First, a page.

Text Size:-+

2007 Hess Collection "Allomi Vineyard" Cabernet Sauvignon, Napa

hess_allomi_2007.jpgI can still remember my first wine tasting trip to the Napa Valley. I'm young, so it wasn't that long ago -- probably 1997 or so. Having been born and grown up in Sonoma County, most of my first winery visits as a legal drinker were there.

But given my growing love of wine, my girlfriend at the time arranged a trip up to Napa with some friends and I gamely went along for the ride. The first place we stopped was, and remains, one of the cooler wineries in Napa.

These days I continue to send those who ask about unique wine tasting experiences to the The Hess Collection on the slopes of Mount Veeder, not only because the winery's unique combination of modern art museum and tasting room offers something quite out of the ordinary for most wine tourists, but because the wines are dependably quite good.

The Hess Collection is one of many properties in the portfolio of Swiss businessman Donald Hess and his Hess Family Estates. Despite three prior generations of family history in the beer brewing business in Switzerland, and his own success building Switzerland's top mineral water, Donald Hess decided to get into the wine business in 1978 by buying the land and vineyards that now make up the Hess Collection estate on Napa's Mount Veeder.

A passionate (as well as deep pocketed) collector of contemporary art, Hess decided to fuse his love of wine and art to create the wonderful combination of art museum and winery that I and so many other visitors have enjoyed. The galleries feature some fantastic pieces, including one of my favorites: Leopoldo Maler's "Hommage", an Underwood typewriter that burns constantly.

Of course a nice art collection alone isn't enough to recommend any winery in my book. Thankfully, the Hess Collection has done a fantastic job of producing a quality portfolio of wines spanning a wide range of price points. The small production single vineyard wines that are made in quantities of a few hundred cases are the equal of many of Napa's top bottlings, and the lower priced wines often blow away their competition in a given price category.

Such is the case with this wine, a blend of 86% Cabernet Sauvignon, 11% Petite Sirah, and 3% Petite Verdot. It was aged for 18 months in American oak, of which about 30% was new. The use of American oak is somewhat unusual for a Napa producer, but it seems to have worked quite well, and the low percentage of new oak allows the fruit to shine through.

I'm not sure about the production quantities on this wine. The vineyard it comes from is about 210 acres, and the wine is quite readily available in the marketplace, which suggests they make quite a bit of it. But that is a good thing. In addition to being quite tasty, this wine will represent, to many, an exceptional value. It's not so common to find single vineyard Cabernet from Napa under $20, and few are this good.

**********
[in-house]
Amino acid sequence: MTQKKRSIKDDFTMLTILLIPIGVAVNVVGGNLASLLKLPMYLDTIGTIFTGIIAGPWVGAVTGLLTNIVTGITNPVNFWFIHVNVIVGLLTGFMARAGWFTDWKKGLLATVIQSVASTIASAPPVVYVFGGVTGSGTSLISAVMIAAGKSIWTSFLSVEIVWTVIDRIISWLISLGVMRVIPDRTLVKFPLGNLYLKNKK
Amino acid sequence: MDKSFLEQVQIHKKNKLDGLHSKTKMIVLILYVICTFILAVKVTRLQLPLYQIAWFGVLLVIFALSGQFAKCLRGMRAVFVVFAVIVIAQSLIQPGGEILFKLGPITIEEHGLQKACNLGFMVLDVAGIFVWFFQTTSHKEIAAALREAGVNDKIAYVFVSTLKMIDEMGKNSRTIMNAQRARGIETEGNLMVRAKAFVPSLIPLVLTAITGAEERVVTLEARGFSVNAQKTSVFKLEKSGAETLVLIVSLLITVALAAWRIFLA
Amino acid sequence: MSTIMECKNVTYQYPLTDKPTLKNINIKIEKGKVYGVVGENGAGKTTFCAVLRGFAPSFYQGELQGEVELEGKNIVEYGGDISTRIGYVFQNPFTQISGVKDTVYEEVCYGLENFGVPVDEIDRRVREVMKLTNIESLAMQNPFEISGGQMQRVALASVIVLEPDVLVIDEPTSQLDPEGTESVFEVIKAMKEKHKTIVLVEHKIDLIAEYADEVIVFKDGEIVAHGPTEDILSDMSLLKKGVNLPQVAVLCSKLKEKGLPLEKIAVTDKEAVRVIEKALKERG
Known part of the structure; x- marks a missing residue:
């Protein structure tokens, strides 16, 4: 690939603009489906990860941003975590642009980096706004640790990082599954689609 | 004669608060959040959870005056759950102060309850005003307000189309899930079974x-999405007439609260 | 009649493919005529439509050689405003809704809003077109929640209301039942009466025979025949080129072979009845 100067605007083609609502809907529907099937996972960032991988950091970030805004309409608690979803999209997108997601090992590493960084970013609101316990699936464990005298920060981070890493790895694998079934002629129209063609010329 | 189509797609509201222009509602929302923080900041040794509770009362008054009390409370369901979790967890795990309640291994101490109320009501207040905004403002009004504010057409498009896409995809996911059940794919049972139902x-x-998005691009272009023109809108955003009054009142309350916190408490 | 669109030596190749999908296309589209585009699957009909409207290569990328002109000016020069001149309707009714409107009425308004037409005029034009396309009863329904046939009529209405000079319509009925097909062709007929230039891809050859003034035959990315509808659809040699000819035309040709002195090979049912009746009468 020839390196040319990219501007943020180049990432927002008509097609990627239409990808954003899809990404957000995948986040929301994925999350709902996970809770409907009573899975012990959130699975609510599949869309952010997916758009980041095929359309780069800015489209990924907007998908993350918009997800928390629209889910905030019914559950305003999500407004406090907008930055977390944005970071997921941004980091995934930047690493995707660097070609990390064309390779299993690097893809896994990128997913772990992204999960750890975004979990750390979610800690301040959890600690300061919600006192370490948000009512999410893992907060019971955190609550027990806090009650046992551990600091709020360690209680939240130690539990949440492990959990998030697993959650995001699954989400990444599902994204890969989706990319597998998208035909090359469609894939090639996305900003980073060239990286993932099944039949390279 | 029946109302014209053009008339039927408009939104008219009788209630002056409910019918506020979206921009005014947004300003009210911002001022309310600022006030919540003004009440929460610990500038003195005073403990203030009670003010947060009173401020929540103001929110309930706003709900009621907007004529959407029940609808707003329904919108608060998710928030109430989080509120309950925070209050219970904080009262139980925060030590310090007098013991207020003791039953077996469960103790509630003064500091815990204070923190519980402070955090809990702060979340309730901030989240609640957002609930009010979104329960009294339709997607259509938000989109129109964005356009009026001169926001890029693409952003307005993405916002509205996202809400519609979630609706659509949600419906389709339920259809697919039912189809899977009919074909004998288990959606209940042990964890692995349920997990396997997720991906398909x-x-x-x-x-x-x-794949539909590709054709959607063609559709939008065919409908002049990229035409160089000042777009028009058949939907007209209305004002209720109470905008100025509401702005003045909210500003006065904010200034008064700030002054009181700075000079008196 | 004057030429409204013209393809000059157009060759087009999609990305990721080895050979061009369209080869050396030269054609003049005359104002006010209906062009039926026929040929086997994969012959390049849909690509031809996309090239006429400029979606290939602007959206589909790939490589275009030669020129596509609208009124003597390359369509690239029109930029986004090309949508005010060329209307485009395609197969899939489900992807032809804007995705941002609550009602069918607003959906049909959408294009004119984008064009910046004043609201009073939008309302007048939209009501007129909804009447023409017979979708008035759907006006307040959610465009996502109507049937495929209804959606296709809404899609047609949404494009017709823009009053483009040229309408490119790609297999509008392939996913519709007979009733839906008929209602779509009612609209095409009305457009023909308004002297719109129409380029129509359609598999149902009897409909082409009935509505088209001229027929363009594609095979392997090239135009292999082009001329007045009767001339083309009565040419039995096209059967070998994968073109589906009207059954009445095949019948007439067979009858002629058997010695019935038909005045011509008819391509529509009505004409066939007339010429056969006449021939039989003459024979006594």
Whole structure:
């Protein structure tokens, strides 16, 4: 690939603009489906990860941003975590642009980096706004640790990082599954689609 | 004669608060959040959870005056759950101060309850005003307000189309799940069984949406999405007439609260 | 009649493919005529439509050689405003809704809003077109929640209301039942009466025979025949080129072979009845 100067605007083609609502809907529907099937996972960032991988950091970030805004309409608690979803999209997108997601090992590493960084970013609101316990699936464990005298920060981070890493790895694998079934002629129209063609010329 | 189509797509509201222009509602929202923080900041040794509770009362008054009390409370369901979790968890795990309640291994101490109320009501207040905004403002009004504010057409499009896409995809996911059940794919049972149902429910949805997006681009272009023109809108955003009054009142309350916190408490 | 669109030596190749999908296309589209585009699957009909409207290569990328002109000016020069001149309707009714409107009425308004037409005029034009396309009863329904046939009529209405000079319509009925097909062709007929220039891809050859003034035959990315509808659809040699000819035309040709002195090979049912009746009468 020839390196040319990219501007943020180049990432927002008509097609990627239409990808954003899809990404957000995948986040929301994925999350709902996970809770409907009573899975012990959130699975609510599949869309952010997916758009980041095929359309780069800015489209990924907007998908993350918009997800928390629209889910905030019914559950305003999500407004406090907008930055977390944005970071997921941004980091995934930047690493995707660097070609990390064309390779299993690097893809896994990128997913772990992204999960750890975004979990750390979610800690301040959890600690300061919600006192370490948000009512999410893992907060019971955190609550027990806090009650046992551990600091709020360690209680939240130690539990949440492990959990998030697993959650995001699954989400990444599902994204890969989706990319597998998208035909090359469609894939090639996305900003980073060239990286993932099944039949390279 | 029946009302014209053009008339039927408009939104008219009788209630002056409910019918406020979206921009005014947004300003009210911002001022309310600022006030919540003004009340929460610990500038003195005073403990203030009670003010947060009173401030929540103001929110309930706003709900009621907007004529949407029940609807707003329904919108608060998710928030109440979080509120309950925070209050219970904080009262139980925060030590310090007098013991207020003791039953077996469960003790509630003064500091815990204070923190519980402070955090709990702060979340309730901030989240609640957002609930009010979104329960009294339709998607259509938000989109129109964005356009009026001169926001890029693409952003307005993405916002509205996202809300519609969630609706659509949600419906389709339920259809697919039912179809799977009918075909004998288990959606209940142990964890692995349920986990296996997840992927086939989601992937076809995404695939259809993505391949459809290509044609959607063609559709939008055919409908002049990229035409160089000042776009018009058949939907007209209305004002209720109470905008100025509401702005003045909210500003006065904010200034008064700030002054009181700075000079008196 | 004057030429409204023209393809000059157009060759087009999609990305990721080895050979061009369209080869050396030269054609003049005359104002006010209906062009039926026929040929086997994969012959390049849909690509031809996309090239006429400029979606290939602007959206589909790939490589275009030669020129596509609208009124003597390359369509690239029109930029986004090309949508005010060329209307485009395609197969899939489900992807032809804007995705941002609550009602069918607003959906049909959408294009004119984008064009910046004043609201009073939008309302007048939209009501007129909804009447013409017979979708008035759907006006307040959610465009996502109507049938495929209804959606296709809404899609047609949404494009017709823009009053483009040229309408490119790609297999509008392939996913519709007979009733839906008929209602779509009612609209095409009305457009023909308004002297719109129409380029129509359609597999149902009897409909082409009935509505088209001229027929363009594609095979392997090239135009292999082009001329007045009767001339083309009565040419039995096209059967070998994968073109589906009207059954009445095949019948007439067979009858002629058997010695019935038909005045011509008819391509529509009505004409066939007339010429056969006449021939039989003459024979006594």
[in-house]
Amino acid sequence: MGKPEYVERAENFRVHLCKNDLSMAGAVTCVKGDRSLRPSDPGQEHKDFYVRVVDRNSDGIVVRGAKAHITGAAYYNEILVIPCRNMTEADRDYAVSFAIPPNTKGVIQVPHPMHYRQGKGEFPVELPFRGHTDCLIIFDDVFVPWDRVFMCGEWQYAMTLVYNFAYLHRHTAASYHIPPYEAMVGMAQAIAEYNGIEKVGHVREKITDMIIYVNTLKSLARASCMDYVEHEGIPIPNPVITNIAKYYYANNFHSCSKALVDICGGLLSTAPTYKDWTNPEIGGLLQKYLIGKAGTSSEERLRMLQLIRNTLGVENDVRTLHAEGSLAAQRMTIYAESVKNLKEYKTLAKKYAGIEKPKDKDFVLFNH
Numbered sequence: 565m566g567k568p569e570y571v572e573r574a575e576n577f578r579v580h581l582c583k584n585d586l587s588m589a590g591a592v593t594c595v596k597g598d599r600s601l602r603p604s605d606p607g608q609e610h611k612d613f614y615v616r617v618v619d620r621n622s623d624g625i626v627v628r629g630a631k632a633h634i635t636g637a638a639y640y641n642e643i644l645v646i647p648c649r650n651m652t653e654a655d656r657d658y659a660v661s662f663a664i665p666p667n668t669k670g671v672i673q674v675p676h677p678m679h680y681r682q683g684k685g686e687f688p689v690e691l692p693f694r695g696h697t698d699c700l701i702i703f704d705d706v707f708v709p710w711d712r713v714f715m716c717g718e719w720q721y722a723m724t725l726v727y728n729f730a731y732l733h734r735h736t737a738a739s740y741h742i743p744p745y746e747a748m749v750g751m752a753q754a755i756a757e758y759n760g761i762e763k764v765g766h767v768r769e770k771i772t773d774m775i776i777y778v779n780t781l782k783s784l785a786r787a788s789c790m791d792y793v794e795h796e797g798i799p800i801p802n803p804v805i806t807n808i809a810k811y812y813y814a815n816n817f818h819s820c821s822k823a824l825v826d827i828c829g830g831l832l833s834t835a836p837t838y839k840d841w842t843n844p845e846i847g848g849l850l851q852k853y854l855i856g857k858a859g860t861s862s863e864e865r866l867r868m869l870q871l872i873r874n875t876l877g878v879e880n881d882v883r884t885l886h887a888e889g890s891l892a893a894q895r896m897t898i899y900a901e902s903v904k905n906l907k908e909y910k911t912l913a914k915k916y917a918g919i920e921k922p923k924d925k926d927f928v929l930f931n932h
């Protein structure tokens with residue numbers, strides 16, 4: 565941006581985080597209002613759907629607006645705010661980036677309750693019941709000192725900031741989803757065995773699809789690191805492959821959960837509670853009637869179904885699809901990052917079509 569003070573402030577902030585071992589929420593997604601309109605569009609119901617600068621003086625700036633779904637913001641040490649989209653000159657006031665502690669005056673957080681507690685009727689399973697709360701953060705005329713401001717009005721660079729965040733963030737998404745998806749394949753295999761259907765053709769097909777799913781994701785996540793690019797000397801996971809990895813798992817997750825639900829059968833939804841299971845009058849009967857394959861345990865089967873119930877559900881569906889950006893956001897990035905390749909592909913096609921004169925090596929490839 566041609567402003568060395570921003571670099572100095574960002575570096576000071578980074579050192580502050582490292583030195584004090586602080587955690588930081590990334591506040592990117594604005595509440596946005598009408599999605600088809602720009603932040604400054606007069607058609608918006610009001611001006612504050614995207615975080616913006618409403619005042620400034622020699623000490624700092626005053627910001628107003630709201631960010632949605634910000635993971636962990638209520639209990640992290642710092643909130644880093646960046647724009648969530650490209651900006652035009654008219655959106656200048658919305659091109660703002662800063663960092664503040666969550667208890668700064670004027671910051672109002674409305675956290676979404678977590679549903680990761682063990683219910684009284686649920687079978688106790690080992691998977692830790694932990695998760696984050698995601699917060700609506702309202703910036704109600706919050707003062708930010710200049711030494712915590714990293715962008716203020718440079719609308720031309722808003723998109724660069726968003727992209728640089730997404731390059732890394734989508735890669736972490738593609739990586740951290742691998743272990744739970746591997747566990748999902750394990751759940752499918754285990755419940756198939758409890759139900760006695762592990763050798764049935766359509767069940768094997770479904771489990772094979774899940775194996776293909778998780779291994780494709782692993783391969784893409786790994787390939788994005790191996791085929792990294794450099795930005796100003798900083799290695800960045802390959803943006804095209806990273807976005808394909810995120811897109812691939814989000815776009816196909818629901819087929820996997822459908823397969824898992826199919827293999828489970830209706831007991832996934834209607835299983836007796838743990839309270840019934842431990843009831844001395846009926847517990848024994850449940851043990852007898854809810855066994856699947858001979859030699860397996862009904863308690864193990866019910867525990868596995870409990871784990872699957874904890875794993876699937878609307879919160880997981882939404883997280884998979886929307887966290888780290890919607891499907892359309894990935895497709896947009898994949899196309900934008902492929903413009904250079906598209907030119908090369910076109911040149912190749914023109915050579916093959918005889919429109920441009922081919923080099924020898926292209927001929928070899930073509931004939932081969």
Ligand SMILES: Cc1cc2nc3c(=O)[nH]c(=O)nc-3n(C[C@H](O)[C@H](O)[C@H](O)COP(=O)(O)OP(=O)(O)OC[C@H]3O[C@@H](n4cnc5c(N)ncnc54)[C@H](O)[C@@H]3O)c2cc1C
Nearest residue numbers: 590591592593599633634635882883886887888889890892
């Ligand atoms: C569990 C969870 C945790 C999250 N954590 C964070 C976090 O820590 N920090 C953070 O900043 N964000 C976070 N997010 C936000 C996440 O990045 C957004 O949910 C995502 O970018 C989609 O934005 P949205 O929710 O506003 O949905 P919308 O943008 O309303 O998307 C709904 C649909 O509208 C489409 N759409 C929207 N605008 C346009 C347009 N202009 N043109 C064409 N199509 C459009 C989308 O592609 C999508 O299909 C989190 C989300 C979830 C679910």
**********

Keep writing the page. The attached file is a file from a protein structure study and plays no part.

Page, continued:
Full disclosure: I received this wine as a press sample.

Tasting Notes:
Dark garnet in the glass, this wine has a nose of cassis and black cherry with hints of wet dirt. In the mouth the wine has mouth coating, powdery tannins that wrap around flavors of cassis, black cherry, tobacco and espresso flavors. The dark roast espresso and wet dirt linger in the finish. Nicely balanced, good acidity, and an altogether tasty package. 14.3% alcohol.

Food Pairing:
Did someone say bacon cheeseburger?

Overall Score: around 9

How Much?: $19

This wine is available for purchase on the Internet.

Buy My Award-Winning Book!

small_final_covershot_dropshadow.jpg A wine book like no other. Photographs, essays, and wine recommendations. 2015 Roederer Award Winner.Learn more.

Follow Me On:

Twitter Instagram Delectable Flipboard Pinterest

Most Recent Entries

Vinography Images: Unglamorous Work A Lesson in the Loss of Denis Malbec I'll Drink to That: Kimberly Prokoshyn of Rebelle Restaurant Wine News: What I'm Reading the Week of 6/19/16 Vinography Unboxed: Week of June 12, 2016 Warm Up: Richebourg I'll Drink to That: Jean-Nicolas Méo of Méo-Camuzet Vinography Images: It's Nice to be King It's Time for American Wineries to Grow Up I'll Drink to That: Joy Kull of La Villana Winery

Favorite Posts From the Archives

Wine Will Never Smell the Same Again: Luca Turin and the Science of Scent Forlorn Hope: The Remarkable Wines of Matthew Rorick Debating Robert Parker At His Invitation Passopisciaro Winery, Etna, Sicily: Current Releases Should We Care What Winemakers Say? The Sweet Taste of Freedom: Austria's Ruster Ausbruch Wines 2009 Burgundy Vintage According to Domaine de la Romanée-Conti Charles Banks: The New Man Behind Mayacamas Wine from the Caldera: The Incredible Viticulture of Santorini Why Community Tasting Notes Sites Will Fail Chateau Rayas and the 2012 Vintage of Chateauneuf-du-Pape A Life Indomitable: The Wines of Casal Santa Maria, Portugal Bay Area Bordeaux: Tasting Santa Cruz Mountain Cabernets Forgotten Jewels: Reviving Chile's Old Vine Carignane The First-Timer's Guide to Les Trois Glorieuses of Hospices de Beaune

Archives by Month


Required Reading for Wine Lovers

The Oxford Companion to Wine by Jancis Robinson Wine Grapes The World Atlas of Wine by Hugh Johnson to cork or not to cork by George Taber reading between the vines by Terry Theise adventures on the wine route by Kermit Lynch Love By the Glass by Dorothy Gaiter & John Brecher Noble Rot by William Echikson The Science of Wine by Jamie Goode The Judgement of Paris by George Taber The Wine Bible by Karen MacNeil The Botanist and the Vintner by Christy Campbell The Emperor of Wine by Elin McCoy The Taste of Wine by Emile Peynaud